Impact: “If you were to go out on the street and ask most anyone who their congressman is, no one would know. We’ve always been on the edge of whatever district,” says Dan Jordan, who has served as Jasper County’s clerk of courts since 1988. “We handle passports in the clerk’s office, and Jim Marshall had a person who was good at cutting through the red tape. But by the time we established a relationship, we got Austin Scott and an entirely new staff.”
3. Parts of Boise, Idaho
Timeline: In 2005, the West Valley neighborhood of Boise was represented by GOP Rep. Butch Otter in the 1st District. But in 2006, Otter left to run for governor, and Republican Bill Sali took his seat. Sali proved unpopular, and lost to Democrat Walt Minnick in a 2008 upset. In 2010, Minnick fell victim to a wave and lost to Republican Raul Labrador. In 2011, Idaho’s redistricting commission shifted the West Valley into the 2nd District, now represented by GOP Rep. Mike Simpson.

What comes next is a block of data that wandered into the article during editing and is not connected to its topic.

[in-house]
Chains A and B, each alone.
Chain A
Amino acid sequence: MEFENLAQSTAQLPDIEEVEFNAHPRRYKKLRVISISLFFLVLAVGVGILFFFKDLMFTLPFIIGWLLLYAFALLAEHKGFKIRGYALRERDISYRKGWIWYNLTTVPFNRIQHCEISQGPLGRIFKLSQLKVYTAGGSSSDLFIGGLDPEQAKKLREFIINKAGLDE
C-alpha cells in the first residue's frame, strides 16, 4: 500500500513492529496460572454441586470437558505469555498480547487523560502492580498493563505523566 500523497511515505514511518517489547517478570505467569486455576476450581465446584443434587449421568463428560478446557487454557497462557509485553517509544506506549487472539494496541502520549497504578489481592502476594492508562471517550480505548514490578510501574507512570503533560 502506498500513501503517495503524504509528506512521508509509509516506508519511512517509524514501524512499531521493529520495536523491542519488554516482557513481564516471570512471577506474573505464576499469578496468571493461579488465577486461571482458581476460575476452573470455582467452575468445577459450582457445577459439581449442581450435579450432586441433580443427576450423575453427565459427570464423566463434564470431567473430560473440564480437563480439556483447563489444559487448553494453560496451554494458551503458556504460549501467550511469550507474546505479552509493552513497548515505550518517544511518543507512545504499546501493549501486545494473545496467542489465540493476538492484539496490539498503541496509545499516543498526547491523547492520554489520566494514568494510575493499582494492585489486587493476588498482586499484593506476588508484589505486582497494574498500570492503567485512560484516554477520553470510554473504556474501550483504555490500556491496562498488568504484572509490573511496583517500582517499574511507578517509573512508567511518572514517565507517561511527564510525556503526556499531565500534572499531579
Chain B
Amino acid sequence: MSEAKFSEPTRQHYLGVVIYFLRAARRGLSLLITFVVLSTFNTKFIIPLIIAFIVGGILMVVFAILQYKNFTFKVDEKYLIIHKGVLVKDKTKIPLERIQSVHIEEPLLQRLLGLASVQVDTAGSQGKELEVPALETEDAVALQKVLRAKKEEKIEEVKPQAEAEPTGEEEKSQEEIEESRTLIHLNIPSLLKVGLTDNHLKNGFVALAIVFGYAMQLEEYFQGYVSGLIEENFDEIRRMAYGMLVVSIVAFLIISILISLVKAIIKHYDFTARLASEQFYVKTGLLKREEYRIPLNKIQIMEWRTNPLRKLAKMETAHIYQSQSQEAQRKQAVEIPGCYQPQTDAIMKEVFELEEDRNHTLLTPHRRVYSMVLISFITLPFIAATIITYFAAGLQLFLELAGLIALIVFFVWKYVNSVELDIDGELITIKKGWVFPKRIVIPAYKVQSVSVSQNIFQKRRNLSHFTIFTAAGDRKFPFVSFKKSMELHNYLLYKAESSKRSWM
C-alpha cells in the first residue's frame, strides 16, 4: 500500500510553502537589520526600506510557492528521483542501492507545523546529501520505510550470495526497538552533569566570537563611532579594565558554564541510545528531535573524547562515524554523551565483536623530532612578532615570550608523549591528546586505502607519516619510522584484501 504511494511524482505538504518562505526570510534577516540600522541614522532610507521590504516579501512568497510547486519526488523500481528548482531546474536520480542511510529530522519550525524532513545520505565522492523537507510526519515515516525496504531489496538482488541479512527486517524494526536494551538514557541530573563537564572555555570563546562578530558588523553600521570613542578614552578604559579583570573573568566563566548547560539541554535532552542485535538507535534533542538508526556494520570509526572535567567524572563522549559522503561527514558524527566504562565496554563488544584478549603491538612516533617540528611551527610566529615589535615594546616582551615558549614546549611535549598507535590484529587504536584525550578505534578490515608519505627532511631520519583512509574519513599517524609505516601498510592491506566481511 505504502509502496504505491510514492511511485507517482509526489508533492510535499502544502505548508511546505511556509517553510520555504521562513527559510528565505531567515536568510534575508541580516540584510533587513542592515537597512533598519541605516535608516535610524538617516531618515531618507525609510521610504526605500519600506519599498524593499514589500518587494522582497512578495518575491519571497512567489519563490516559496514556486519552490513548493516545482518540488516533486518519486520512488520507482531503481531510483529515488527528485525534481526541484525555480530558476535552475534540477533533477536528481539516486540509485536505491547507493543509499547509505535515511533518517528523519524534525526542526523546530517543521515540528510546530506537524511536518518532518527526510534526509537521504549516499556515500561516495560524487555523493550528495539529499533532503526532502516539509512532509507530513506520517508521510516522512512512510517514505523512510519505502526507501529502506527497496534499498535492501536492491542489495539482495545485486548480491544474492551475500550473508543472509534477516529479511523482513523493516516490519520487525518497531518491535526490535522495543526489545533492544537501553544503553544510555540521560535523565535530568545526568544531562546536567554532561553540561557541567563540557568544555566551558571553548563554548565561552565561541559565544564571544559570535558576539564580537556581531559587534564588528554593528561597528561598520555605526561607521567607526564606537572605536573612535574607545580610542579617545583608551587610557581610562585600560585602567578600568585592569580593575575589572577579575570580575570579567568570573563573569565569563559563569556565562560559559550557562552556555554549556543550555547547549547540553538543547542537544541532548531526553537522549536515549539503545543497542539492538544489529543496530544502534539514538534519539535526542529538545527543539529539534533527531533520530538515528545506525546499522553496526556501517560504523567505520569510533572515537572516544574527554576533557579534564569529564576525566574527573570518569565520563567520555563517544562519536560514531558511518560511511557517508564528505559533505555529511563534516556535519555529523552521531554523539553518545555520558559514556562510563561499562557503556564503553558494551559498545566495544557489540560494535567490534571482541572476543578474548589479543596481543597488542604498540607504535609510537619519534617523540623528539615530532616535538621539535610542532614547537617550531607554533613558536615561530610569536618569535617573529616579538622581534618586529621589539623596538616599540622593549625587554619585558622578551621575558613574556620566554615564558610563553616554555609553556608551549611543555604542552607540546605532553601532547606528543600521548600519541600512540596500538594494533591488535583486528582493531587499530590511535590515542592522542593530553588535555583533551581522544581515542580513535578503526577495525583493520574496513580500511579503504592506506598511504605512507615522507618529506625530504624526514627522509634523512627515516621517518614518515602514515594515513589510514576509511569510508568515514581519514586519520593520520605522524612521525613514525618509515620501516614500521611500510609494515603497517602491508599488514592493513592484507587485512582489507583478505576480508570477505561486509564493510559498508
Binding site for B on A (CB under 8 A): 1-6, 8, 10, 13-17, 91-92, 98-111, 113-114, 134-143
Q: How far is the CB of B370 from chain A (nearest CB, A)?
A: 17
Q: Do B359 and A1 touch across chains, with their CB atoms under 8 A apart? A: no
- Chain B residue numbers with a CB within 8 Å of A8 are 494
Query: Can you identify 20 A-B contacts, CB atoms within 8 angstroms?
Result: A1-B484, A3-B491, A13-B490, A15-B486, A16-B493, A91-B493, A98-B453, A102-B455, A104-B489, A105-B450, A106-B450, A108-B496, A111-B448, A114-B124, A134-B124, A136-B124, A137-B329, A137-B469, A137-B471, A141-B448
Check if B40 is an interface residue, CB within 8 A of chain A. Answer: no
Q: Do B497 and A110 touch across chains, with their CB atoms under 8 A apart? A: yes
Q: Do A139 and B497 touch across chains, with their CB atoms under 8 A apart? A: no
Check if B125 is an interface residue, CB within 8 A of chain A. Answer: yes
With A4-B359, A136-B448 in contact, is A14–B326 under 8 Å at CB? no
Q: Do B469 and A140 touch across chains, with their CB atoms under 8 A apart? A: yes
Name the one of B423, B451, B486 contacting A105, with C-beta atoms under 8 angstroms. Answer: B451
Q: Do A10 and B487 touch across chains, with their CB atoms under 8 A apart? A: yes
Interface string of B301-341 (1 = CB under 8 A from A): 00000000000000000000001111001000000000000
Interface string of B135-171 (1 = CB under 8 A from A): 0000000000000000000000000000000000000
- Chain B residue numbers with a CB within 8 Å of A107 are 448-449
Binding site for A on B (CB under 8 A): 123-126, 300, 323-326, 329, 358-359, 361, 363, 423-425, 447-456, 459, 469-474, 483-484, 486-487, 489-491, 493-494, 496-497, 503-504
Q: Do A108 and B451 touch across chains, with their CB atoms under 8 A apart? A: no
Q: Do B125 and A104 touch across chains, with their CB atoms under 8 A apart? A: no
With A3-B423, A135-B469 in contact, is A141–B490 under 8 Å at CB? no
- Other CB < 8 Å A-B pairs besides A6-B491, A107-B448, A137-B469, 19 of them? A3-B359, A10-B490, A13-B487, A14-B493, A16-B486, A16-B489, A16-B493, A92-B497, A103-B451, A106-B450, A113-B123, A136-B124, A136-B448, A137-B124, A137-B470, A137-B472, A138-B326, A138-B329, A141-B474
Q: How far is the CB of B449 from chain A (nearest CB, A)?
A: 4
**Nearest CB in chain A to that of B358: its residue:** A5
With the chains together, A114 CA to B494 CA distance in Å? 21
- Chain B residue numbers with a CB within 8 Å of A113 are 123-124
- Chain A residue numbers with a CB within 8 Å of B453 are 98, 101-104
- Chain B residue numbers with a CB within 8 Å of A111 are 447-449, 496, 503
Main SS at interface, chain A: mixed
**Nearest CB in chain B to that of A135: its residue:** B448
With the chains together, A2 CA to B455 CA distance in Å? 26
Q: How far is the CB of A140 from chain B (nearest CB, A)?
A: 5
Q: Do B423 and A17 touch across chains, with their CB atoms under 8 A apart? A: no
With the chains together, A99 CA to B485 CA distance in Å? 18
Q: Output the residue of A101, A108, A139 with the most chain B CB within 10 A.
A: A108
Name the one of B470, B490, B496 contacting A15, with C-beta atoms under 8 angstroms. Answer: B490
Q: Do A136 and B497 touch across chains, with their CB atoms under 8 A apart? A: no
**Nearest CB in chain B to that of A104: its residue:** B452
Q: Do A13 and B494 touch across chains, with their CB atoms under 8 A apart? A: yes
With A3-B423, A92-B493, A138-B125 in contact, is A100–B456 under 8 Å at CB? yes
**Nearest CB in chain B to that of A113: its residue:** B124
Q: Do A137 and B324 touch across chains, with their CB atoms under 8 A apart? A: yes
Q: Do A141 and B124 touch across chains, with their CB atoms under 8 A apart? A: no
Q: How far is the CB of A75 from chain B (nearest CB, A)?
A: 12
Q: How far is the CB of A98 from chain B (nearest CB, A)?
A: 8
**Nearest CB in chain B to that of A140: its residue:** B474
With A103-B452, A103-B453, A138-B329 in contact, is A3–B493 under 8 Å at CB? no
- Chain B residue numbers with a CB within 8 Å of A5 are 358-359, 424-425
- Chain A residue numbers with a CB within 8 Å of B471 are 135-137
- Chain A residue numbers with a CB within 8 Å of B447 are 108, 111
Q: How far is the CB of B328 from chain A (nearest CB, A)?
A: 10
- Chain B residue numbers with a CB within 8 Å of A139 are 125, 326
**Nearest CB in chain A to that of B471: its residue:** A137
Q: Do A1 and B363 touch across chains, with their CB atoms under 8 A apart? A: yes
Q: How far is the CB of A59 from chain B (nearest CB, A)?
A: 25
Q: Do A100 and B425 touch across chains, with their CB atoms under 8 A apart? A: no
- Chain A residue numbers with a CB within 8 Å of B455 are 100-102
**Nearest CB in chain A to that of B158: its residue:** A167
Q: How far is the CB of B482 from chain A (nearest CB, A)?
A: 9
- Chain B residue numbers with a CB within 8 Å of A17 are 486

Impact: “The chamber of commerce has always favored splitting Boise [in redistricting], because we feel we have two congressmen, not one,” explains Ray Stark, senior vice president of the Boise Metro Chamber of Commerce. But the turnover has also made lobbying trips to D.C. slightly less convenient. “The most challenging thing has been to find [our members’] offices deep down in the Longworth building because they’ve always been lowest on the totem pole,” Stark says.
4. Kankakee/Will counties, Ill.